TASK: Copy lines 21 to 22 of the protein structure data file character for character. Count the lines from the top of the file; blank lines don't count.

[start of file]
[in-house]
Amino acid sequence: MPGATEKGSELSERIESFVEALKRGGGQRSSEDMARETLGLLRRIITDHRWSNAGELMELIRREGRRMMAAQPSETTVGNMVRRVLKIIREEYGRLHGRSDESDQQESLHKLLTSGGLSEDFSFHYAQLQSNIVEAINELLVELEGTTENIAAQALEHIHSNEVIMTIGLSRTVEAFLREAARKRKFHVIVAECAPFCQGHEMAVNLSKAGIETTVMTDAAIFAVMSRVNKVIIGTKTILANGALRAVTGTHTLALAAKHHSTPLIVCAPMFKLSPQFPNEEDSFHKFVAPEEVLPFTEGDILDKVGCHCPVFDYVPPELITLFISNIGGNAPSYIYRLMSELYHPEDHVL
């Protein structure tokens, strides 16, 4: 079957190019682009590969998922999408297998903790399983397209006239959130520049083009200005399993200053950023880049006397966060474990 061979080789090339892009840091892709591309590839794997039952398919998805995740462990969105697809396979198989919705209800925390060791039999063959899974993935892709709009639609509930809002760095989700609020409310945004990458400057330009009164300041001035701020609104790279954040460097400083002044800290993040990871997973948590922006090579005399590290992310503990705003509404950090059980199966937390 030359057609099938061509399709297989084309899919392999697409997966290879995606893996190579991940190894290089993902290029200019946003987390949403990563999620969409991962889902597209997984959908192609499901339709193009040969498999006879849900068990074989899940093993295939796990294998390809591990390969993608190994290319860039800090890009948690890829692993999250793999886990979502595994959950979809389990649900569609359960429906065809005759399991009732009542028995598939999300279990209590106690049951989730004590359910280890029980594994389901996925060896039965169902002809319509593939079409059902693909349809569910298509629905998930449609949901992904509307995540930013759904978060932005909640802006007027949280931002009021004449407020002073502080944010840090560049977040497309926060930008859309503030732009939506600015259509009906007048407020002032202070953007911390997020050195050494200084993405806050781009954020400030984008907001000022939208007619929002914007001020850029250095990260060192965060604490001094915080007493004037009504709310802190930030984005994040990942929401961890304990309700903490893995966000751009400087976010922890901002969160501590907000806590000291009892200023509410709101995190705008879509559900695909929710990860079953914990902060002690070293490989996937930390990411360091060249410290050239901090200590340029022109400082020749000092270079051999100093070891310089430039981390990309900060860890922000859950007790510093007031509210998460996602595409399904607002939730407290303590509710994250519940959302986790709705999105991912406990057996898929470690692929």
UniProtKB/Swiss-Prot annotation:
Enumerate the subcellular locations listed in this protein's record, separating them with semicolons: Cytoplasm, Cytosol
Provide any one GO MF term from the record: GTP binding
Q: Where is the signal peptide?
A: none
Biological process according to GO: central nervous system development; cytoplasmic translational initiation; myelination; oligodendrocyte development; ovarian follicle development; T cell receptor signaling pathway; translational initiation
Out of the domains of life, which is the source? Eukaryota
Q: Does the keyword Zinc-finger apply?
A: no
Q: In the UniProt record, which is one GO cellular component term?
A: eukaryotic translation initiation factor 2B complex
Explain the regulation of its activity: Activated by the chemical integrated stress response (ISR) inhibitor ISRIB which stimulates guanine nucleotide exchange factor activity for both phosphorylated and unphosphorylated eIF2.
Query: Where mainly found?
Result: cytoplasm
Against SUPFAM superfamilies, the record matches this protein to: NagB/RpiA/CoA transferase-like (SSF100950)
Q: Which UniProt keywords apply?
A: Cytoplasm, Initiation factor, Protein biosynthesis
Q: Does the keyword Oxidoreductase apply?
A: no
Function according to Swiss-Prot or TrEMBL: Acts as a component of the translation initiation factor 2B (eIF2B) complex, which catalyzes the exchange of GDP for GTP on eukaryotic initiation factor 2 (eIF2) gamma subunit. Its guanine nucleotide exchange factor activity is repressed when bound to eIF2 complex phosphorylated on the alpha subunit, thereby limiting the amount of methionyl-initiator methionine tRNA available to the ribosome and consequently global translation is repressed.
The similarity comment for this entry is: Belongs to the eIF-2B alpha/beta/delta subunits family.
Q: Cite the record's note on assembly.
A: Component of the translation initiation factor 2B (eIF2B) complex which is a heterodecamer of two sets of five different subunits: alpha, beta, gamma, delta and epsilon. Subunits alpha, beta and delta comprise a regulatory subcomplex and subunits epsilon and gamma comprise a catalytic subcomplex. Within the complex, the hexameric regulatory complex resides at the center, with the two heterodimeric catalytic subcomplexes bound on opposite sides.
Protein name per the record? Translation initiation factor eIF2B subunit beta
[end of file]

Q: Does the keyword Oxidoreductase apply?
A: no